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Leaders Who Are Creating Workplaces of Belonging.

While a sense of belonging has always been a basic human need, there are pandemic-type forces at work to isolate and/or polarize us. 

We believe we need to fiercely fight against those trends. Focusing on belonging for the greater good is an antidote! By really belonging to a group, we feel as if we are a part of something bigger and more important than ourselves. 

Individually, we do feel like a necessary ingredient, while the WE becomes greater than ME. 

The Belonging Project at Stanford notes,

“Importance of a sense of belonging has been demonstrated through empirical work on human resilience and factors that protect emotional health and personal well-being, even in the context of adversity and trauma. Individuals develop a sense of belonging when they feel connected to other people, especially those who share their distinct life experiences, interests, or goals.”

Numerous studies confirm belonging creates a lower prevalence of mental health issues, less unhealthy behaviors such as smoking, not exercising, not getting enough sleep, and too much alcohol/drugs. 

From an organizational perspective, belonging means one is also meaningfully engaged by intentionally finding ways of giving to others.

 Employees are even more connected when they activate a powerful purpose!

 “We forget how it feels to be filled up by giving to somebody else… When I drink a glass of water, I can feel it hydrating me on the inside. When you give a service to somebody else, it’s the same: It fills you up on the inside. We all have something to give to this world.” 

WE BELONG to an organization where purpose is about transforming lives and creating a place of belonging in a local and global community.

How cool is that? 

Each of us can make the journey from diversity to inclusion, to psychological safety, and ultimately to REAL BELONGING. If you have that continuum, we promise you a more productive and engaged workforce and a more joy-filled life! 

Let’s do it together. 

We will hydrate from the inside out! 

We’re restating our belief that BELONGING will be an emerging theme throughout this decade. 

Why? Think about the difference between when you’ve felt like you’ve really belonged, versus being an outsider. We want to belong without boundaries, fear of discrimination, or limitation. 

Additionally, we want to be able to be part of a tribe by showing up as we truly are, unafraid to make mistakes, able to genuinely speak our mind, and ask for/offer help in an abundant way. This condition for belonging is totally accessible.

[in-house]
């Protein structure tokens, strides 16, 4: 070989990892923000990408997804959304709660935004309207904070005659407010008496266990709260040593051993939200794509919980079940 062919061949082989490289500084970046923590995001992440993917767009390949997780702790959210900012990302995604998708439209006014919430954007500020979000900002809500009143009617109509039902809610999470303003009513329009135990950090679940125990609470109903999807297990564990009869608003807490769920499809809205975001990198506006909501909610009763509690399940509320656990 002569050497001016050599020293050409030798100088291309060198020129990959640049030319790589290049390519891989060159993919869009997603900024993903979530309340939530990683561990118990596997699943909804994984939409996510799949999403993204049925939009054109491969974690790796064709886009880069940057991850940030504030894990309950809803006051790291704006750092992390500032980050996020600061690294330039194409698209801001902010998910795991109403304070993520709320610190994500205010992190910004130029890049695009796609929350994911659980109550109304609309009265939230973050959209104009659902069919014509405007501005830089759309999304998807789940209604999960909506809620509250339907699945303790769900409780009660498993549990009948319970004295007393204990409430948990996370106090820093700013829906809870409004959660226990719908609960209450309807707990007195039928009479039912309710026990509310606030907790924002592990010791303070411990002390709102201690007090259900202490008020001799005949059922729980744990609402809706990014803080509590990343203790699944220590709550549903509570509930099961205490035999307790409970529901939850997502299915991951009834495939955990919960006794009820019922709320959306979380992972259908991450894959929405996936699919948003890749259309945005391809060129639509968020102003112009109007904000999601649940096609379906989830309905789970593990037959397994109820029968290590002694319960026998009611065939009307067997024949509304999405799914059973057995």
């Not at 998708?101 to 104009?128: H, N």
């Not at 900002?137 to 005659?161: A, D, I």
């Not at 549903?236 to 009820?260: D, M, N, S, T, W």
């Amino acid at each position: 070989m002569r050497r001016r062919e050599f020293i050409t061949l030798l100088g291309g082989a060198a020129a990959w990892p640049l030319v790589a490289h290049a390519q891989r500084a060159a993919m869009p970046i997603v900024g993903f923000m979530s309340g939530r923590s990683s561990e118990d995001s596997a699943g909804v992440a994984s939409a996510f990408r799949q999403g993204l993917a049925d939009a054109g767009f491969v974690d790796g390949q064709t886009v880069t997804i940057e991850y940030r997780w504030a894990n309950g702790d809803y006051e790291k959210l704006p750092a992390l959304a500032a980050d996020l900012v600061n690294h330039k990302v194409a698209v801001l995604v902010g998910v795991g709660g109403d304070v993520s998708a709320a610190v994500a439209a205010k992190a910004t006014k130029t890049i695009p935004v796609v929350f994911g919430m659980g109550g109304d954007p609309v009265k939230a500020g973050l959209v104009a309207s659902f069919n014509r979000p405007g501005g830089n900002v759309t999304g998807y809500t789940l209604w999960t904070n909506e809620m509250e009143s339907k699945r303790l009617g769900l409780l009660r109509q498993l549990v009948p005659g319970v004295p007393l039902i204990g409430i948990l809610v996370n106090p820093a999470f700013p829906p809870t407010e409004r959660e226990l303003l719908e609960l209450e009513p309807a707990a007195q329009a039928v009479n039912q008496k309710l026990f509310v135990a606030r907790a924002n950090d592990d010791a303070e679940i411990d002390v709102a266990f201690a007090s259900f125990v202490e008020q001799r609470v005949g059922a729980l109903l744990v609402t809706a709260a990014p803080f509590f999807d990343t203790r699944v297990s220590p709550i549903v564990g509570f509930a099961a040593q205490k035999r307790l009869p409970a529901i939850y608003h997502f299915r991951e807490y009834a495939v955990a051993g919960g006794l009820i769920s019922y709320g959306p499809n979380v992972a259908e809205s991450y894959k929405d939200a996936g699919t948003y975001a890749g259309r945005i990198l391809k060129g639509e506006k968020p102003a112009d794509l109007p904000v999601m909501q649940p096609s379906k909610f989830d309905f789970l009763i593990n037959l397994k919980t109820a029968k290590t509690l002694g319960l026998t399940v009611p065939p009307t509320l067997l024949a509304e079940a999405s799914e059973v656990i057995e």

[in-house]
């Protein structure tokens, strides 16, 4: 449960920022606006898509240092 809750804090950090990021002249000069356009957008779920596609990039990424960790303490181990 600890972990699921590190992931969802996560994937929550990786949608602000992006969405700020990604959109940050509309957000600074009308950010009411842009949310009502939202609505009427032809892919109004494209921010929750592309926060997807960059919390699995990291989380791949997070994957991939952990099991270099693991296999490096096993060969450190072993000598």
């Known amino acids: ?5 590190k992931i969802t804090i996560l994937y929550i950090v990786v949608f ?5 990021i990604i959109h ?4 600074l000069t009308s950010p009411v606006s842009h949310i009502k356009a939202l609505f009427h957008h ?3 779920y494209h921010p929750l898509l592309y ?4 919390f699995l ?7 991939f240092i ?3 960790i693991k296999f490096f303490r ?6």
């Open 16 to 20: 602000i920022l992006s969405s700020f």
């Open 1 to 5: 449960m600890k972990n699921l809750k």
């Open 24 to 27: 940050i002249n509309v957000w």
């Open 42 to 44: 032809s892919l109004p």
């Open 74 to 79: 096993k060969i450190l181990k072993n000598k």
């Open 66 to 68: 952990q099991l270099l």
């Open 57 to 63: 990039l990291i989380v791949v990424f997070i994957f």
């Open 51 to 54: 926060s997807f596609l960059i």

Each of us just needs to genuinely make it so, because we are GIVERS. 

Every one of us will have a last day with every group or organization we are part of. Sometimes that departure will naturally dissolve, like sugar in tea. Other times we will choose to leave for another opportunity, or be asked to leave because our group needs someone or something else we can’t provide. 

Nevertheless, it includes an ending of sorts. What we think we can do much better at, is bridging the notion of belonging at this exit point; when leaving occurs regardless of the reason. Let’s agree that investing and creating belonging feels at odds with any exit. However, there is an increasing amount of people and position restructuring based on the degree of rapid transformation and disruption in the marketplace. 

So what if we changed our approach to these exits, so they become way more dignified than they often are now? (This excludes people who have been egregious in harming others). 

We suggest we focus on treating exits as an extension of belonging. Even if people are asked to leave, we could thoughtfully invite them to be a valuable part of the alumni.

This includes but is not limited to: 

  • A fair severance package. 
  • Varied options of saying goodbye to teammates (no walkouts or disappearance in the middle of the night, and all the other stupid exit protocols created by legal, HR, IT and Risk). 
  • Meaningful support and investment for the person finding their next tribe.
  • Alumni privileges to help people feel like they always are part of the group; they still belong.

Not everyone will want to stay connected. However, it’s desirable that alumni speak highly of their time with a group/organization. This experience can be created if we put our minds to it. What’s stopping us?